What is Run Levels in Linux

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The “run level” term is refer to a way of process in one of the operating system of computer that execute initialization in V- style of Unix System. Usually, seven run levels are present, numbered from 0 to 6.
“Run level” explains the status of the machine or appliance after boot. Different run levels are normally defined to:

single-user mode
multi-user mode with no any network services started
multi-user mode having network services started
system shutdown
system reboot

Linux:
The Linux is an operating system that can be used of run levels by the application of sysvinit project. After the boot of Linux kernel, the init application reads the file the/etc/inittab to verify the action for every run level. If the user identifies other value as a parameter of kernel boot, the system will try to start the default run level.

Debian Linux:

0= Halt

1= single-User mode

2-5 =Full Multi-users with console logins and show manager if installed

6 =Reboot

Red Hat Linux and Fedora:

0= Halt

1= single-User mode

2=Multi-users style console logins only without networking.

3= Multi-User mode, console logins only

4=Not used/ User-definable

5= Multi-User mode, with display manager as well as console logins (X11)

6=Reboot

Slackware Linux:

0= Halt

1= single-User mode

2=not used to configured the similar as run level 3.

3=Multi-User with no show or display manager

4=Multi-User mode having display manager.

5= not used to configured the similar as run level 3.

6=Reboot

Arch Linux:

0= Halt

1= single-User maintenance mode

2=Not Used

3=Multi-User

4=Not Used

5=Multi-user with X11
6=Reboot





Gentoo Linux:

0= Halt

1= single-User mode

2=Multi-user mode with no networking

3=Multi-user mode

4=Aliased for run level 3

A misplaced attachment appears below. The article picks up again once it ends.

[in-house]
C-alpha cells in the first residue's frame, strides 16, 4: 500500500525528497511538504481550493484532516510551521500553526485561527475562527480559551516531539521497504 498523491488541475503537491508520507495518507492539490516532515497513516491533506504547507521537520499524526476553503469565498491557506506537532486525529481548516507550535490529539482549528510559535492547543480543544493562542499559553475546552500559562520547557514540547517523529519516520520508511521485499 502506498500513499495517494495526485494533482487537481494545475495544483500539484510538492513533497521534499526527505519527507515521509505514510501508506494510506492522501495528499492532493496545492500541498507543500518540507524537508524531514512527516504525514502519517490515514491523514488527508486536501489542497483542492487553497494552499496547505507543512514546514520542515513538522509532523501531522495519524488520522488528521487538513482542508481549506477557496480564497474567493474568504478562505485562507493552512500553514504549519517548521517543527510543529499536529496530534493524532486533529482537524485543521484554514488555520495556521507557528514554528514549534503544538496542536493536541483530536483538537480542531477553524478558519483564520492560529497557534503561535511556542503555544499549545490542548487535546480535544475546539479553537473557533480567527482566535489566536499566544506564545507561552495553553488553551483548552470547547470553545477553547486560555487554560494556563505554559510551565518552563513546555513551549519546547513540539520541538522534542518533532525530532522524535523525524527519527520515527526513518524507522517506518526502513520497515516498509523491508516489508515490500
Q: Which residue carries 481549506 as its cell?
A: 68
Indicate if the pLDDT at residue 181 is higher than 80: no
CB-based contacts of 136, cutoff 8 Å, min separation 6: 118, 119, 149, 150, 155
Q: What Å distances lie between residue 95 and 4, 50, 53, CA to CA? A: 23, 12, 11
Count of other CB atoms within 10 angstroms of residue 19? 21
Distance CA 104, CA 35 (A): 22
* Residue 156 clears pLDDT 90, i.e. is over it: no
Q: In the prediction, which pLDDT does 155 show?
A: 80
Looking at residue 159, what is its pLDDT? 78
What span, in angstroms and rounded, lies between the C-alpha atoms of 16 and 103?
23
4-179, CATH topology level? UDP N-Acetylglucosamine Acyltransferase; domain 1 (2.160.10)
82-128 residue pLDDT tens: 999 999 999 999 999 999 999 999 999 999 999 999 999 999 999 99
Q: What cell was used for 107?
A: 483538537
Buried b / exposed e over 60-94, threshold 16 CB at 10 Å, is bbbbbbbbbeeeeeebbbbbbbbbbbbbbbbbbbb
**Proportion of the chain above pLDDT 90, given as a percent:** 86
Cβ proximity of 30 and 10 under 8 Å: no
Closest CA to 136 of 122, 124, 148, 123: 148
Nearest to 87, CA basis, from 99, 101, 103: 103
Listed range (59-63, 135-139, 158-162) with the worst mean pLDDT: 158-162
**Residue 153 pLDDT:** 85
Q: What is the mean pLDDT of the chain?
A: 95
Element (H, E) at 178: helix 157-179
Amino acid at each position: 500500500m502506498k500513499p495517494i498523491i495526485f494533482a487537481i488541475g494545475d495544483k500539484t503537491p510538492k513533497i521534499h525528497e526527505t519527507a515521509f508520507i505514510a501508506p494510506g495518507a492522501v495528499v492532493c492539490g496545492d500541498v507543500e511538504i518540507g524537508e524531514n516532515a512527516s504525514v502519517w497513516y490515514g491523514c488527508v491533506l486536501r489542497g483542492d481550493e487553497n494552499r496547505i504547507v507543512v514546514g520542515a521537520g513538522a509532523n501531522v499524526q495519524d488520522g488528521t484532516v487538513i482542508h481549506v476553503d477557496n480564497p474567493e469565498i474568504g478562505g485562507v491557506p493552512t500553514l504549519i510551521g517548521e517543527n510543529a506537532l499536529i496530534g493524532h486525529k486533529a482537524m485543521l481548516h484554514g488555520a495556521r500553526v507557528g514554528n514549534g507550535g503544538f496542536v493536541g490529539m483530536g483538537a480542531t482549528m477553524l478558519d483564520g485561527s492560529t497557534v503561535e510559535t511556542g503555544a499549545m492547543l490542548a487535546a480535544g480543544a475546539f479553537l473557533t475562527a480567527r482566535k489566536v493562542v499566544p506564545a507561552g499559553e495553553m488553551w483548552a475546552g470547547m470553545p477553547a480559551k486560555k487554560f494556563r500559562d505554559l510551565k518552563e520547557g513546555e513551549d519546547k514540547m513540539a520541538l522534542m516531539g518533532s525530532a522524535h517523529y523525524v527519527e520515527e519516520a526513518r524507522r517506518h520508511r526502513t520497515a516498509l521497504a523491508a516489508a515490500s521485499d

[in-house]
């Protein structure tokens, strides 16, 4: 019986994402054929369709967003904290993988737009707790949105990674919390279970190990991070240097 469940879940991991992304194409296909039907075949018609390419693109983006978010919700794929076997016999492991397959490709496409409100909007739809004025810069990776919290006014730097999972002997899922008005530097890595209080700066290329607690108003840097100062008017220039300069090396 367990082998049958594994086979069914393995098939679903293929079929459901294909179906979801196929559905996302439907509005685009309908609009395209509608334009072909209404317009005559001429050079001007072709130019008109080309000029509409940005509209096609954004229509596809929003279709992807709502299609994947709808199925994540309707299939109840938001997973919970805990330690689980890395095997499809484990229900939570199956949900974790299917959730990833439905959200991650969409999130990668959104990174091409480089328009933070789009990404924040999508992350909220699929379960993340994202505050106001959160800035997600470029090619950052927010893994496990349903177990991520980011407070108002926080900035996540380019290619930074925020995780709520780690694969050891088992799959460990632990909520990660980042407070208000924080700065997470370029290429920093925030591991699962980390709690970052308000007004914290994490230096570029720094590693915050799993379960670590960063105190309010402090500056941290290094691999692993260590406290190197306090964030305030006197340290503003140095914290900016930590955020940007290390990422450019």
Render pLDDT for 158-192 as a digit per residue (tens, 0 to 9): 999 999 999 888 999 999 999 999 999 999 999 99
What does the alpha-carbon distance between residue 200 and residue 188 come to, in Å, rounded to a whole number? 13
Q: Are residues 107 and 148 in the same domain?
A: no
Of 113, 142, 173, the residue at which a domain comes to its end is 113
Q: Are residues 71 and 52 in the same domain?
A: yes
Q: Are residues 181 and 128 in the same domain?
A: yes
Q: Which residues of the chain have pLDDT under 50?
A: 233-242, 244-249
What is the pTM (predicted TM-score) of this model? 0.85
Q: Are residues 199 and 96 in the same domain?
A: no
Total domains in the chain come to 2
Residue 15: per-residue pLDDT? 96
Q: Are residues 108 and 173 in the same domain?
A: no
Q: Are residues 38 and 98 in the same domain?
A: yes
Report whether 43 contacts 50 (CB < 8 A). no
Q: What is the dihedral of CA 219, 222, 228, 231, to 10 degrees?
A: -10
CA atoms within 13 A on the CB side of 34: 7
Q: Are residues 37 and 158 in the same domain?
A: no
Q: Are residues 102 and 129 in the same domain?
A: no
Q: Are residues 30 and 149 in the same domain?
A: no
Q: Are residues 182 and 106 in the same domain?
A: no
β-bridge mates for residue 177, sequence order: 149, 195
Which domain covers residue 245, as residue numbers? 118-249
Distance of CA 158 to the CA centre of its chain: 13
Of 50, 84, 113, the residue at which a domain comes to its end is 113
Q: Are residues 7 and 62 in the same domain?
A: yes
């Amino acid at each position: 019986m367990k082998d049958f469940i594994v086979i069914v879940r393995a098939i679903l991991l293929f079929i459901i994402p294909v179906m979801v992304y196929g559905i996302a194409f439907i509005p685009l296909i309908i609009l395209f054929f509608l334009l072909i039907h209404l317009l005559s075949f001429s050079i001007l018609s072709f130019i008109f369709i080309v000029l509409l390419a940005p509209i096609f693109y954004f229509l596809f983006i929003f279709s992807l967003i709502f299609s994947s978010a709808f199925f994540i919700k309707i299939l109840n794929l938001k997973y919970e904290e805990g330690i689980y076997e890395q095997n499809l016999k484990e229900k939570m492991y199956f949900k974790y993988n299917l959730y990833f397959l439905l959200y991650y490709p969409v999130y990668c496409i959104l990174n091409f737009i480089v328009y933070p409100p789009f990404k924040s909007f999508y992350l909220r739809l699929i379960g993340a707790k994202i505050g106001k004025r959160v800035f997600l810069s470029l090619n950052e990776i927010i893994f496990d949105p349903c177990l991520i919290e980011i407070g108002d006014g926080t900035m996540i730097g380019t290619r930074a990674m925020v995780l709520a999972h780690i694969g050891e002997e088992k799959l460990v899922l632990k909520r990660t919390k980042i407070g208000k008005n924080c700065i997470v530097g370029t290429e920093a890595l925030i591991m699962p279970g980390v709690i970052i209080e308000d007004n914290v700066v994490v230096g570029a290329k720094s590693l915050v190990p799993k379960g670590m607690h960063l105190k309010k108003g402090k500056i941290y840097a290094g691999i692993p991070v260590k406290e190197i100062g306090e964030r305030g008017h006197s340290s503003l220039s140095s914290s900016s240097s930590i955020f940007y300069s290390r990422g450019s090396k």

5=Aliased for run level 3

6=Reboot

UNIX:

System V Run levels

0= Shut down system, power-off if hardware leads it (only available from the console)

1= Single-User mode, all systems of file decreased but root, all methods except console procedures killed

2=Multi-user mode

3=Multi-User mode with RFS (and NFS in Release 4) file systems exported

4= Multi-User, User-definable

5= Halt the operating system, enter to firmware

6=Reboot

Solaris run levels:

0= Operating system stopped; SPARC only) release to Open Boot timely

1= Single-User mode having all local file systems increases (read-write)

2= Multi-User mode having most daemons started

3= Multi-User mode; identical to 2 (run level 3 runs both /sbin/rc2 and /sbin/rc3), with file systems exported, plus some other network services in progress.

4= Another Multi-User mode, User-definable

5= Alternative Multi-User mode, User-definable

6=Reboot

Changing Run Levels of Linux:

If user is moving to high run levels, then user may create further services accessible to user, whereas taking step to lower run level will trigger daemons to become not accessible. On the creation of server, run level 3 is the usually utilized and hardly ever modified. Nevertheless, several tasks of administrative need the manager or administrator to run system toward run level 1 such as single user mode.

Init command is used to modify run levels:
#init1
Run level and process

Run level 0 is halt
Run level 1 is single-user
Run levels 2-5 are multi-user (some uses RUN level 5 to start X [KDE/Gnome])
Run level 6 is for rebooting system
To move toward run level 3, user needs to write init 3

Typing init 3 will move system to run level 3:




source:http://wifinotes.com/